Kieran’s Our City, Our Town, 17 November 2011

617a. Depiction of the Tailor and Ansty

Kieran’s Our City, Our Town,

Cork Independent, 17 November 2011


In the Footsteps of St. Finbarre (Part 275)

The Golden Landscape


Amidst the creation of an afforestation programme for Gougane Barra, the site also began its association with a number of writers, which were mentioned by several people I interviewed during my recent photographic exhibition set-up.

Many visitors to the pilgrimage island mentioned the contribution of the Eric Cross and the story of the Tailor and Ansty. In the Irish Press on 6 September 1980 (p.5), the obituary of Eric Cross is outlined as historian, inventor, sculptor, philosopher, mathematician, teacher and research chemist. Born in Co. Down, Eric Cross spent his childhood there but later moved to the north of England. His father was in the British diplomatic service and his mother, whom he once said had a very great influence on him, had gone to South Africa as a volunteer nurse in 1900.

Eric went to study medicine in Manchester University but after six months he transferred to London where he studied and became a chemist. He spent 15 years as a research chemist in London. He came to live in Ireland in 1936. On his arrival, he renewed an acquaintance with Fr. Tim Traynor, a curate in Sandycove. Fr. Traynor also knew the Tailor in Gougane Barra. In 1939 Eric came to Cork and became part of a group, which included Seamus Murphy, the stone mason and sculptor, Nancy McCarthy, another chemist from Douglas, Captain Seán Feehan, the founder of the Mercier Press and Father Tim Traynor. Gougane Barra was frequented by the group, who were drawn to it by the famous couple Timothy and Ansty Buckley known as the Tailor and Ansty. Later Eric Cross purchased a horse drawn caravan and moved it to Gougane Barra in West Cork.

In an interview in 1976 Eric Cross recalled his first meeting with the Tailor in Gougane Barra. “I was in Cork City and I hired a bicycle and set off, it was a fine summer’s day and by the time I got as far as Gougane Barra it was getting dark. I met the Tailor on the way. He was sitting on the side of the road outside his cottage. He asked me in for a heat of the tea. Something drew me to him, the broadness of the man must have impressed me in some way. It is very hard to put a word on it but I had a sort of feeling that I knew him”.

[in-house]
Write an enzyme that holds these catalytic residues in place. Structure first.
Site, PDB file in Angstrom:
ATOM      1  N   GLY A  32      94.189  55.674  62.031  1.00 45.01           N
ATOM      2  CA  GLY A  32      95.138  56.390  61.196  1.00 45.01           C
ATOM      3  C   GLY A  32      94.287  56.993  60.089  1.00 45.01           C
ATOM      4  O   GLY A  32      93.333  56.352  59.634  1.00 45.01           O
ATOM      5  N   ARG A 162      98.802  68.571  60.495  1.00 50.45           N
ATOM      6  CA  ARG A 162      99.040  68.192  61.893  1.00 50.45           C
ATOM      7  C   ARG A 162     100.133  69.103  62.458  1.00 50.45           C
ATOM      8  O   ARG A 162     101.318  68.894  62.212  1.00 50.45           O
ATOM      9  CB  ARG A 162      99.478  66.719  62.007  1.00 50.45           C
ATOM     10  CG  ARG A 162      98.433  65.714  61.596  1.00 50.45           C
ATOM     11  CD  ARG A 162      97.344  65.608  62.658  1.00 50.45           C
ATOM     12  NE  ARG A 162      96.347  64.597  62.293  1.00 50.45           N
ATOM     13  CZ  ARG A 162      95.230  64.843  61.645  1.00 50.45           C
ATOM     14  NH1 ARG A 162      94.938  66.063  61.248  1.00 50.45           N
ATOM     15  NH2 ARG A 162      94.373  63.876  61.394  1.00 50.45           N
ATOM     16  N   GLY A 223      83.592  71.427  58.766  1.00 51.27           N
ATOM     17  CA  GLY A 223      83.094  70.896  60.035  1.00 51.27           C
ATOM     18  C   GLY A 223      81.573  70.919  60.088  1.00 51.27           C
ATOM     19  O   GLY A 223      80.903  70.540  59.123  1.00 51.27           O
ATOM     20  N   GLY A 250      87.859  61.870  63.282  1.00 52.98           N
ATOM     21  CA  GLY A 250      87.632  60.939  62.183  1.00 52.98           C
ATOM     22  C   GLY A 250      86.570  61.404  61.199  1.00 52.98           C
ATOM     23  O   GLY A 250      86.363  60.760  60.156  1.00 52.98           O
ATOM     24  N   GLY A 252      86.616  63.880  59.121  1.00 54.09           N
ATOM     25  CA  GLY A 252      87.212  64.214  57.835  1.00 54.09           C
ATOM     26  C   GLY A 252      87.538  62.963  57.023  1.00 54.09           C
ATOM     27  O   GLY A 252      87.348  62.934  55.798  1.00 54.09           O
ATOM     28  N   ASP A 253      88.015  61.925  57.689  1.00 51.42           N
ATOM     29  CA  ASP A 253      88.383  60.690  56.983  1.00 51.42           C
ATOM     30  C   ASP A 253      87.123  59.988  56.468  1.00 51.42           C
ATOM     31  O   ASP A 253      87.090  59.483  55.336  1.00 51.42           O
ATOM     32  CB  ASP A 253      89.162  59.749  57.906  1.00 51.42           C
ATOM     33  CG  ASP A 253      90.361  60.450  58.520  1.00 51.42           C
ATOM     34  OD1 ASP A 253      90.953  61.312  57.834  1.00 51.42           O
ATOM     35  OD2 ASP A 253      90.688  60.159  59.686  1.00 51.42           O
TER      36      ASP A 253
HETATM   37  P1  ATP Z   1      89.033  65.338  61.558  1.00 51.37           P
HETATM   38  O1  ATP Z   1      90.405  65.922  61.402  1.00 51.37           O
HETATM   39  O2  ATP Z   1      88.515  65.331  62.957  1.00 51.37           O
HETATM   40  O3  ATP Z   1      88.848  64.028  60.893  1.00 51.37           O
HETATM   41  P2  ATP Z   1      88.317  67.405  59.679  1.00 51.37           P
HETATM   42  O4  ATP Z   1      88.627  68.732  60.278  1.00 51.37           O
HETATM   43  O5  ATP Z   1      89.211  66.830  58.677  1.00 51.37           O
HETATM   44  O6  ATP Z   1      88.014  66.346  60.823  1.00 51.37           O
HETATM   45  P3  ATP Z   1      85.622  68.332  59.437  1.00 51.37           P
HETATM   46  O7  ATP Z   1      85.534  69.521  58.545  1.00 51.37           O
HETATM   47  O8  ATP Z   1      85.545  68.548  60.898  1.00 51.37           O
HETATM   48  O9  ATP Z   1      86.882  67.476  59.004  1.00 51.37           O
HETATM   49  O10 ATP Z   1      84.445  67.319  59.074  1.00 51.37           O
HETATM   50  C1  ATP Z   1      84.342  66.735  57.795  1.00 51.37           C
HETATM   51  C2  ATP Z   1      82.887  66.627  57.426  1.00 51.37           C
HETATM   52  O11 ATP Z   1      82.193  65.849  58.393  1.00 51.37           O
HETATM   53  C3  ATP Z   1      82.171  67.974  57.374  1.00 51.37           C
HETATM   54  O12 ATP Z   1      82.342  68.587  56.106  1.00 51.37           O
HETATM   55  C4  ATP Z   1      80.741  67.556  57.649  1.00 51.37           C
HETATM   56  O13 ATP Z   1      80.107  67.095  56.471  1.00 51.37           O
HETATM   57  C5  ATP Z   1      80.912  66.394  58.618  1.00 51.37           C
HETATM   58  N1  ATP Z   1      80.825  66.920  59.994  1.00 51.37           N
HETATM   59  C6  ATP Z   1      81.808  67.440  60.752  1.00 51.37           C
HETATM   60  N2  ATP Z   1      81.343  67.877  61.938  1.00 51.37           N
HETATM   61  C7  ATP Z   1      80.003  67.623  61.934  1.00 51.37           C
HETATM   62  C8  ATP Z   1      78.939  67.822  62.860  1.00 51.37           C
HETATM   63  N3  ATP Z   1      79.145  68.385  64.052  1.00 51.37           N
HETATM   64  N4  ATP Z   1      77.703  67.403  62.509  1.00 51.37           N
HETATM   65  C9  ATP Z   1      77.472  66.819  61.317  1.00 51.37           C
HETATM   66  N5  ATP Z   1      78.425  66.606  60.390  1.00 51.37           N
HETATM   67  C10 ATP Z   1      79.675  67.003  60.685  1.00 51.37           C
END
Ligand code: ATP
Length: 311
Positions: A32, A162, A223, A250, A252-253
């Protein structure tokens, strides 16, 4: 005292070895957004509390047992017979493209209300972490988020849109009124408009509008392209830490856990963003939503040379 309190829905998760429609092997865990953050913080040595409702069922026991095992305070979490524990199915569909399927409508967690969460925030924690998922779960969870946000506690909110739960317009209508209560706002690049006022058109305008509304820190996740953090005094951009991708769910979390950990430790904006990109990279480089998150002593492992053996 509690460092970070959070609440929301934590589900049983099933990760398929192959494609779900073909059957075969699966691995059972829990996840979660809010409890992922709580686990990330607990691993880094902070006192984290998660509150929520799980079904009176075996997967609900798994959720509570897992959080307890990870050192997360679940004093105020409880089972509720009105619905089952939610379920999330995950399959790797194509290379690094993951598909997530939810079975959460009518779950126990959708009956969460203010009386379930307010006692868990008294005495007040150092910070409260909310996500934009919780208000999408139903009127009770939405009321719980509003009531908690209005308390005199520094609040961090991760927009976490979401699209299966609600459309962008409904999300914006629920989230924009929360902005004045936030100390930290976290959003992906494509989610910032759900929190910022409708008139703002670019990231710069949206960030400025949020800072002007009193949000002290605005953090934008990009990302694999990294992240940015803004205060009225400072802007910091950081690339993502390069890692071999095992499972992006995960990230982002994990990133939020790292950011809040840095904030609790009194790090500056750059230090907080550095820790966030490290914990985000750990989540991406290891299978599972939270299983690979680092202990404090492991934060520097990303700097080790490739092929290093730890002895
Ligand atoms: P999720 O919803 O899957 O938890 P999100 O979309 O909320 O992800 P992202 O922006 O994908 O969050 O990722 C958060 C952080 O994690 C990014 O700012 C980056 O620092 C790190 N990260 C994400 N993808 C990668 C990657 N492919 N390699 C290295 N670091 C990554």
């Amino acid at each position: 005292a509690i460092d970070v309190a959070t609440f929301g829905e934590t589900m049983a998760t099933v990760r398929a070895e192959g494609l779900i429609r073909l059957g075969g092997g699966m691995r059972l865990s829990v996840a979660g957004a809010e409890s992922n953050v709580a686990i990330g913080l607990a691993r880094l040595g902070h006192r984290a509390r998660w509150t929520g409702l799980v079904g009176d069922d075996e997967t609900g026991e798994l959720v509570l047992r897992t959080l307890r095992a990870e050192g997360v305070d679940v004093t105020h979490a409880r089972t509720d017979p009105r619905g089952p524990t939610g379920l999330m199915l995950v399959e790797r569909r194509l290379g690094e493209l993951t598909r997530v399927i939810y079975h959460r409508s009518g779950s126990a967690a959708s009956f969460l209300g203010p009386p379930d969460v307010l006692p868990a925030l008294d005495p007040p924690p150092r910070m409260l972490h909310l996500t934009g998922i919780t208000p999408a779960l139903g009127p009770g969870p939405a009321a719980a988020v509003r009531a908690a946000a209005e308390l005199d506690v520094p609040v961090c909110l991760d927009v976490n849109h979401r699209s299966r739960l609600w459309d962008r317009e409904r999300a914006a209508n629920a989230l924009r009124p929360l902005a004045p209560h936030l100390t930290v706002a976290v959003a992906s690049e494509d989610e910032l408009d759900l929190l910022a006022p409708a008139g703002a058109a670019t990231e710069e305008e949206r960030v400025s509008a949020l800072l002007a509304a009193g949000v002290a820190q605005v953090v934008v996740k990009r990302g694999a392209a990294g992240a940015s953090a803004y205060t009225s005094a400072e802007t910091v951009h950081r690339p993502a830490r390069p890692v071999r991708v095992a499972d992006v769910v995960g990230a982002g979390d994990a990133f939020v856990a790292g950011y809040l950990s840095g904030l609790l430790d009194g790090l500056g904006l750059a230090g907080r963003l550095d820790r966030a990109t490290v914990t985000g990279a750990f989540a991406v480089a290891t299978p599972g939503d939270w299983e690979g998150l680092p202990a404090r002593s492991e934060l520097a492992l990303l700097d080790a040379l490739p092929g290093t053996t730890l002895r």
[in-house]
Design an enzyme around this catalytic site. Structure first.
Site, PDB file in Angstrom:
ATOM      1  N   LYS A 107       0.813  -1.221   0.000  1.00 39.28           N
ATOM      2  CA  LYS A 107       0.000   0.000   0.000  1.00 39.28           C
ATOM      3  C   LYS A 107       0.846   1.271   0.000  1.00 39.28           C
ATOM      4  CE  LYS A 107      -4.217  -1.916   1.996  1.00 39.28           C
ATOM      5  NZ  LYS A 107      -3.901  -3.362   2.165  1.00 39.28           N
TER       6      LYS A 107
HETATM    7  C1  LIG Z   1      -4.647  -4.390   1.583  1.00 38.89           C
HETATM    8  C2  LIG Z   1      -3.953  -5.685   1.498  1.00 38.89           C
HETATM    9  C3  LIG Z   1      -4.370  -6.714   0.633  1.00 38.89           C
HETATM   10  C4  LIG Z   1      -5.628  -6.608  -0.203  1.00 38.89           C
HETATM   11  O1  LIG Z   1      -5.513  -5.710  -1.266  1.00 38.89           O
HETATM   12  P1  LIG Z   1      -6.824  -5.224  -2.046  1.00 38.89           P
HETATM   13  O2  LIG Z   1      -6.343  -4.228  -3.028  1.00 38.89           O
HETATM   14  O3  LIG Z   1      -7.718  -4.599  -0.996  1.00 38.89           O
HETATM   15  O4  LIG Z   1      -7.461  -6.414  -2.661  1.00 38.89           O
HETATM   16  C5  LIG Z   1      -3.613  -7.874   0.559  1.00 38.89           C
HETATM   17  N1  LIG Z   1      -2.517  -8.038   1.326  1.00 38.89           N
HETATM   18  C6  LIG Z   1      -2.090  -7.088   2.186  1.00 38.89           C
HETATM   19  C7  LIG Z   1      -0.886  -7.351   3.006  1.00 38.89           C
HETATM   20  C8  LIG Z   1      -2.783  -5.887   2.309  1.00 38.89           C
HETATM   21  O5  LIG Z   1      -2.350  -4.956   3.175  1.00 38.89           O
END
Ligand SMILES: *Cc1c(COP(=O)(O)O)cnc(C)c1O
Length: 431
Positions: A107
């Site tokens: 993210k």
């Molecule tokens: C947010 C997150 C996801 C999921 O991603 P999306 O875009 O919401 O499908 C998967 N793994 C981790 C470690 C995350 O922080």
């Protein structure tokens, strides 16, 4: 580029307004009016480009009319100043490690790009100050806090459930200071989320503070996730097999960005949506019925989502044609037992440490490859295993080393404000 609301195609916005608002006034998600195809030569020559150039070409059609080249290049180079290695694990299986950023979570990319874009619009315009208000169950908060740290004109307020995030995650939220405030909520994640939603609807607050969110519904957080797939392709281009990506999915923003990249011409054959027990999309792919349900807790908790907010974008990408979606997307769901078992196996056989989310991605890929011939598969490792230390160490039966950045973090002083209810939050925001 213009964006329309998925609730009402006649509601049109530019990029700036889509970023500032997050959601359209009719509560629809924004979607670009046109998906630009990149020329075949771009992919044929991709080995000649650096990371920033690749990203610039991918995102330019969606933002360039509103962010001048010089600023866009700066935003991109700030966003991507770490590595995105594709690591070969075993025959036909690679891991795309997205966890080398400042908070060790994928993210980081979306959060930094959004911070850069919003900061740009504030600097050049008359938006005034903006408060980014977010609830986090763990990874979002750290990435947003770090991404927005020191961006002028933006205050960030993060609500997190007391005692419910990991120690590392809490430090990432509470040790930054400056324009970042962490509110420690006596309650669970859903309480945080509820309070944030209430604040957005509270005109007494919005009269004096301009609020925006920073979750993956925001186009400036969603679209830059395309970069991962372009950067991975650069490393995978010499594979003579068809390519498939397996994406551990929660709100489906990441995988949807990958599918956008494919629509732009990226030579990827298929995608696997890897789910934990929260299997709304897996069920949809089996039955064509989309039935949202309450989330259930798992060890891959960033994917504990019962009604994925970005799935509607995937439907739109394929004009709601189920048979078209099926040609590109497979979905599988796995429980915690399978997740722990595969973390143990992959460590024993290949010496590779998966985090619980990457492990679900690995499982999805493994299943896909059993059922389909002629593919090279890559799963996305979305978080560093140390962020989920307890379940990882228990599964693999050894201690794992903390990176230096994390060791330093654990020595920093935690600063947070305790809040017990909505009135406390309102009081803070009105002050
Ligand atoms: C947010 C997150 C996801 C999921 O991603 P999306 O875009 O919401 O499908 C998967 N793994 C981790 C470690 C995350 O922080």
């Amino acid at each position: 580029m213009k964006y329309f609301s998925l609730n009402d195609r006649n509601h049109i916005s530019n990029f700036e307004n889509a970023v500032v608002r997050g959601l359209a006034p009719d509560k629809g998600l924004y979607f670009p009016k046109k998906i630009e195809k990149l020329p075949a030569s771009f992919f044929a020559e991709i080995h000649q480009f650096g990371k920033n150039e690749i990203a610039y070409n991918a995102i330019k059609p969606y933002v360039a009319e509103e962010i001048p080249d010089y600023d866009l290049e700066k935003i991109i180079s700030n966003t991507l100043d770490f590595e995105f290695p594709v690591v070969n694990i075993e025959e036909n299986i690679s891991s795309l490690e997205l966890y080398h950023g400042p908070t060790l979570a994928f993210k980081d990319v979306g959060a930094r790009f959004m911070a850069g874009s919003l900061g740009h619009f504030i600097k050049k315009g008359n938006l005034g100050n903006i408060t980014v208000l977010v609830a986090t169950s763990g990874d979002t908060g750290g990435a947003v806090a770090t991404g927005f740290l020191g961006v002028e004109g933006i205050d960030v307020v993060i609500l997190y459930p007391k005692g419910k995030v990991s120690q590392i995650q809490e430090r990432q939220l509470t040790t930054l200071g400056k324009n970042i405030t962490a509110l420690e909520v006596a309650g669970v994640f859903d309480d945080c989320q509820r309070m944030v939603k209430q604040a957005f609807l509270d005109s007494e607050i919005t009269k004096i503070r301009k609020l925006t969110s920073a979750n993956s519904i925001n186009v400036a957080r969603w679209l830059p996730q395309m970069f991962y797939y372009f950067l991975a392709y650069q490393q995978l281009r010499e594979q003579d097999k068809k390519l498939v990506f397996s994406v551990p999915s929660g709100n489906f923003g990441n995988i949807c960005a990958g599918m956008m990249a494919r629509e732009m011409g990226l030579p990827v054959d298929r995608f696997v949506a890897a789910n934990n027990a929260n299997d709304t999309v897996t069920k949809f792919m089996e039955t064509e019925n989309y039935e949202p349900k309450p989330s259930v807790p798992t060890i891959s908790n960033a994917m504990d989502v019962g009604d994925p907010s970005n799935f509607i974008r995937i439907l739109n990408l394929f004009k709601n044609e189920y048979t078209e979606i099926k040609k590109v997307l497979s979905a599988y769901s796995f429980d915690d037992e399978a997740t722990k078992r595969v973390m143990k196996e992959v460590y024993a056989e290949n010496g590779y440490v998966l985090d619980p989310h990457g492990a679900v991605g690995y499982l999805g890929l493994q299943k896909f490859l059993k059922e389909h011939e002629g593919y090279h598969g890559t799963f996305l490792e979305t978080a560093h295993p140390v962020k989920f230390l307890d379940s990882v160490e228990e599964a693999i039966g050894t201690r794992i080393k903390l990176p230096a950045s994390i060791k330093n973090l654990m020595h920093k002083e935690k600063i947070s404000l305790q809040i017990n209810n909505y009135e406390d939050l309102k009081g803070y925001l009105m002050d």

The Tailor and Ansty was a result of Cross listening many nights to the Tailor’s stories. It was published in 1942, and a hail of condemnation descended on Cross. The book was debated for four days in Seanad Éireann in 1943 after Sir John Keane tabled a motion condemning the censorship board for banning it. When Sir John Keane insisted on quoting from the book, one senator ordered the quotations to be stricken from the record in case “pornographers might get their hands on them and peddle them in the marketplace.”

In a letter to the editor of the Irish Press, published on 15 October 1942 (p.3), Eric Cross defended the book:

“I wrote the book, ‘The Tailor and Ansty’, about a man who has been my friend for many years. The manuscript, before publication, was read by many other friends of the Tailor. When published it was received with gratitude by them and was reviewed enthusiastically by every Irish paper without any exception or objection. Last week the book was placed on the list of banned books by the Board of Censorship. Having stood the test of test of acceptance by the many of who are friends of the Tailor and the Press of Ireland. I must protest against the inference created by this ban-that I have misused the friendship of a great man for the writing of a book ‘the general tendency of which is indecent’. In this I believe that I have the concurrence of opinion of the Tailor’s many friends who would immediately and before publication, have resented such a portrayal”.

In his introduction to the reprint of the book in 1964, Frank O’Connor noted: “Tis a funny state of affairs when you think of it. It is the Tailor himself speaking. The book is nothing but the fun and the talk and the laughter, which has gone on for years around the fireside”. The Tailor and Ansty was the first book, eventually, to be “unbanned” in Ireland.

In 1966, the historian in Eric Cross showed itself when he brought out a “Map of Time”. The map shows at a glance the main events and people of Irish history and their time in relation to European events. In time, Cross went on to write over 200 radio talks for RTE’s Sunday Miscellany and contributed short stories to the BBC. His interest in philosophical and mathematics prompted him to write a number of essays, which were unpublished. In 1978, a book of short stories, “Silence is Golden and Other Stories”, was Cross’s last publication. Eric Cross lived in Cloona Lodge, near Westport, Co. Mayo, the home of the Kelly family for the 27 years leading up to his death in 1980.

To be continued…



617a. Depiction of the Tailor and Ansty (source: from a 1985 reprint of the book)

617b. Eric Cross (source: Irish Press)


617b. Eric Cross